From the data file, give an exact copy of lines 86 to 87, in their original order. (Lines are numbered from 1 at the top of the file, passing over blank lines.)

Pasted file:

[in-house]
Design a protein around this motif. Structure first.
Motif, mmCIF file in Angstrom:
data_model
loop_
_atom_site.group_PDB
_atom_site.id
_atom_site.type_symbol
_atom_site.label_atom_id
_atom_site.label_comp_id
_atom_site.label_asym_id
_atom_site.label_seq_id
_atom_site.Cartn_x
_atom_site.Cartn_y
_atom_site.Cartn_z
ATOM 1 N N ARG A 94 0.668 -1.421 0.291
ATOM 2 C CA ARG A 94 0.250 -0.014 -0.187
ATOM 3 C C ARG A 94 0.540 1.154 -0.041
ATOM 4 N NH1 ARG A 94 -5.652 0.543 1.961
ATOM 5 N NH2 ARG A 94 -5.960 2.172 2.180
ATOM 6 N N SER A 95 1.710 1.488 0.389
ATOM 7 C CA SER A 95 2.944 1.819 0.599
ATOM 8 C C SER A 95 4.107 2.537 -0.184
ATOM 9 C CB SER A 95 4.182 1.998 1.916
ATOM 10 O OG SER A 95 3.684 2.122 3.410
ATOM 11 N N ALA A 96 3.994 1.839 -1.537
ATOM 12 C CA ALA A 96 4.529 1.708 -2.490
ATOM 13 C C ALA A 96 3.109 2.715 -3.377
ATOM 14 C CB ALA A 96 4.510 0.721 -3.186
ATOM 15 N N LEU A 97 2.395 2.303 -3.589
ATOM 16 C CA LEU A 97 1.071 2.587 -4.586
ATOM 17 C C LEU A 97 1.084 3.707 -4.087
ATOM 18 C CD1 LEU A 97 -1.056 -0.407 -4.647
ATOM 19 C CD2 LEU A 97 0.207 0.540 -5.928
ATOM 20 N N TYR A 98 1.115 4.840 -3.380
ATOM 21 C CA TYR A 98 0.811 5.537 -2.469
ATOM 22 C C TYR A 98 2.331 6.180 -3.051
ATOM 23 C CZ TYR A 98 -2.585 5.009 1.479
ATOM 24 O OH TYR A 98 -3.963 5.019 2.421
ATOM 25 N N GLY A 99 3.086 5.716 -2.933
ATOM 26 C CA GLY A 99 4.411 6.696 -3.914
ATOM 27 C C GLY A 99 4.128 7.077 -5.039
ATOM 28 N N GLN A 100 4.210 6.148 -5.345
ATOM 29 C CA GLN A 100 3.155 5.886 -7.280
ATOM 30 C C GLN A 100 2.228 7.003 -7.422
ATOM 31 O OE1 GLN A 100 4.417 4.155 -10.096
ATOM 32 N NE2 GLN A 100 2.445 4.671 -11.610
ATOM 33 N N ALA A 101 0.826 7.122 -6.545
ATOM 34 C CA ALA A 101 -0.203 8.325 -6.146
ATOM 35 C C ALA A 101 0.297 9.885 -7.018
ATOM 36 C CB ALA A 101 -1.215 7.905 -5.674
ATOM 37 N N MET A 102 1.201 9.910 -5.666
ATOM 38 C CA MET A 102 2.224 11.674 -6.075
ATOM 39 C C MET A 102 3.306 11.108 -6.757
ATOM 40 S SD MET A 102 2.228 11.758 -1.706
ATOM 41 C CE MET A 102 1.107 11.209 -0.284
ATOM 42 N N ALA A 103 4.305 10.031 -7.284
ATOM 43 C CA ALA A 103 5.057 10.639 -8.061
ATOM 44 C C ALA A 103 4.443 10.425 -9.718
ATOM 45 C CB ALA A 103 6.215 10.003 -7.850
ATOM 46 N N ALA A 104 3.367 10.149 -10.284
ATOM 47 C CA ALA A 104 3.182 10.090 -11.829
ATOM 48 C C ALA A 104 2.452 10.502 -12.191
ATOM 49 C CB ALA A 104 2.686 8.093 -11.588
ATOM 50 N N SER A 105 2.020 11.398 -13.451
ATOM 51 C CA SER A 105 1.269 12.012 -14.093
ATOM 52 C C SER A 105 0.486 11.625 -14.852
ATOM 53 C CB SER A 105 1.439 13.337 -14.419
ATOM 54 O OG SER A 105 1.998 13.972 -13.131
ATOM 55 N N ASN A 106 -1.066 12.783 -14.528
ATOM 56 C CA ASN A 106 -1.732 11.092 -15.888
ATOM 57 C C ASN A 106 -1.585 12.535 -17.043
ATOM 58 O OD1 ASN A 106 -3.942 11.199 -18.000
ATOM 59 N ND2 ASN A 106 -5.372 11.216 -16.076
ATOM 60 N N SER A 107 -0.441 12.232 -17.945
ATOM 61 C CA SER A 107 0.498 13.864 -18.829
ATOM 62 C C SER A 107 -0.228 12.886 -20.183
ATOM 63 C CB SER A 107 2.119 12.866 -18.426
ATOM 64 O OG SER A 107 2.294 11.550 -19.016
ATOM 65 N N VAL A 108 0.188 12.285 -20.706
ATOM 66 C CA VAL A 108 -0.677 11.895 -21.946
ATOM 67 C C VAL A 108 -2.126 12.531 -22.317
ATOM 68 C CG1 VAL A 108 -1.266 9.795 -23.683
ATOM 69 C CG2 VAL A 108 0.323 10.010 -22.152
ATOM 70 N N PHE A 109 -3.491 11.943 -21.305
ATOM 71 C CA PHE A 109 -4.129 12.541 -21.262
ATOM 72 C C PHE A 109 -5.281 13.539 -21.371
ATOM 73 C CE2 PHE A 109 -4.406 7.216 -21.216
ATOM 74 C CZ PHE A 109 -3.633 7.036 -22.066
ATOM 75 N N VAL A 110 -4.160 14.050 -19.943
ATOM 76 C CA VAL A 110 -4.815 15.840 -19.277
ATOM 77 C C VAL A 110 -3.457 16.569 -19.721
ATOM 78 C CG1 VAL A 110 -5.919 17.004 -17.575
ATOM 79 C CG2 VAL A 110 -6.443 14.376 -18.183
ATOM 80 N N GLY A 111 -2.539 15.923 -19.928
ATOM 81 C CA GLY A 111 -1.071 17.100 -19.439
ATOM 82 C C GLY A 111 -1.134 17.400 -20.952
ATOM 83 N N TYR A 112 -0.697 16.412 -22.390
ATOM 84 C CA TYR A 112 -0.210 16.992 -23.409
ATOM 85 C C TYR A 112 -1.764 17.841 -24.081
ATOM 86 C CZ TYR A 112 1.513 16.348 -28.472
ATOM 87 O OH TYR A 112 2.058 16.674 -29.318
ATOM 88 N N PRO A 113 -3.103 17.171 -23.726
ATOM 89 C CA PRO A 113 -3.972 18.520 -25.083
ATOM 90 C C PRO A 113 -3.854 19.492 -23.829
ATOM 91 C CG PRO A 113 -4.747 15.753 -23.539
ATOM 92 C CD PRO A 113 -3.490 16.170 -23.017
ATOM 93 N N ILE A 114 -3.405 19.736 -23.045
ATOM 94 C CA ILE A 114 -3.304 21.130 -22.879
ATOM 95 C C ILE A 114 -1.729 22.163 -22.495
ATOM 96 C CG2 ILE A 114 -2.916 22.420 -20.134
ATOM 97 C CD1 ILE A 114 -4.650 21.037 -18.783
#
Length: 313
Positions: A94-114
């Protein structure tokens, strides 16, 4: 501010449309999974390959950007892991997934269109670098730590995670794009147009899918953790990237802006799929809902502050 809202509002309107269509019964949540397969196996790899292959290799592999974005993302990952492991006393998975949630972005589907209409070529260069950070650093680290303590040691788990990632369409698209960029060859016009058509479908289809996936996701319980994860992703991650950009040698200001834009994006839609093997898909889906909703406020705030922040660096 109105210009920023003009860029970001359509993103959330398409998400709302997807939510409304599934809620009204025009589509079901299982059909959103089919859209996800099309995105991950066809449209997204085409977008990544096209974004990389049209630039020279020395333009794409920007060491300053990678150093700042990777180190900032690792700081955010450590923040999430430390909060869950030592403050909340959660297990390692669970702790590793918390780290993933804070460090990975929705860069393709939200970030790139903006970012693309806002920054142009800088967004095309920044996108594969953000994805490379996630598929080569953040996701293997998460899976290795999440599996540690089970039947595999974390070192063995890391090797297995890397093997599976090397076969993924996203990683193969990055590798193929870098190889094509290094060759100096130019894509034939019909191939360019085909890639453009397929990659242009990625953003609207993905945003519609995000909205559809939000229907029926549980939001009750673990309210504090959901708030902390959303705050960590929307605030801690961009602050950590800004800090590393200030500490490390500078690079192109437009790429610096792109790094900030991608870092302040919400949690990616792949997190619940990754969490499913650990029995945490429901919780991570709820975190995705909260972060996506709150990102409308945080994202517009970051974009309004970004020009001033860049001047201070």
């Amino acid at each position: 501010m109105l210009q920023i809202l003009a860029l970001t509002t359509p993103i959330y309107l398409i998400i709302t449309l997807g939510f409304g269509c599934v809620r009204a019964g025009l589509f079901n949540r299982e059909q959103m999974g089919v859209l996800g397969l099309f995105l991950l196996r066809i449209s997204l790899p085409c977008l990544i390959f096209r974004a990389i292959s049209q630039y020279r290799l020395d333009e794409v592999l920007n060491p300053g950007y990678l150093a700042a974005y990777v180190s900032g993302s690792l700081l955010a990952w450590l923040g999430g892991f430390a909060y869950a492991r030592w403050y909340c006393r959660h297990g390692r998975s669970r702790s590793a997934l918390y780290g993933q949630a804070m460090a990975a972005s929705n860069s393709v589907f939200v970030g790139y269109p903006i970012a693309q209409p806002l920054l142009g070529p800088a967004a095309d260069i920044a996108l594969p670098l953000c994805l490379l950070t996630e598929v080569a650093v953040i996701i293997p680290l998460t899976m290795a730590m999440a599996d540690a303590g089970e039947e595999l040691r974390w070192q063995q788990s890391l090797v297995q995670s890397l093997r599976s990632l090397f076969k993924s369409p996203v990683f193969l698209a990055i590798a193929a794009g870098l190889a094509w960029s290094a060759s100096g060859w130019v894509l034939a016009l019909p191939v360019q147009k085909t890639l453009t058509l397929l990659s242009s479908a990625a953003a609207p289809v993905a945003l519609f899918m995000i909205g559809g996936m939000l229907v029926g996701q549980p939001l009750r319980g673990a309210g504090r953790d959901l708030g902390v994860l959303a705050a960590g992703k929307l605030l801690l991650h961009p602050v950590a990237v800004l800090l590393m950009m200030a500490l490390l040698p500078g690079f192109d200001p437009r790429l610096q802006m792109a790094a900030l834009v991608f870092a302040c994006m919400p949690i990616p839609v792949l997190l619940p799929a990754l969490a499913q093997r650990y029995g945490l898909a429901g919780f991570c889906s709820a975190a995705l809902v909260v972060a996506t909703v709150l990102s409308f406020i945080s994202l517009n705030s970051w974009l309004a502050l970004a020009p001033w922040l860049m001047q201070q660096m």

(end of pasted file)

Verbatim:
ATOM 71 C CA PHE A 109 -4.129 12.541 -21.262
ATOM 72 C C PHE A 109 -5.281 13.539 -21.371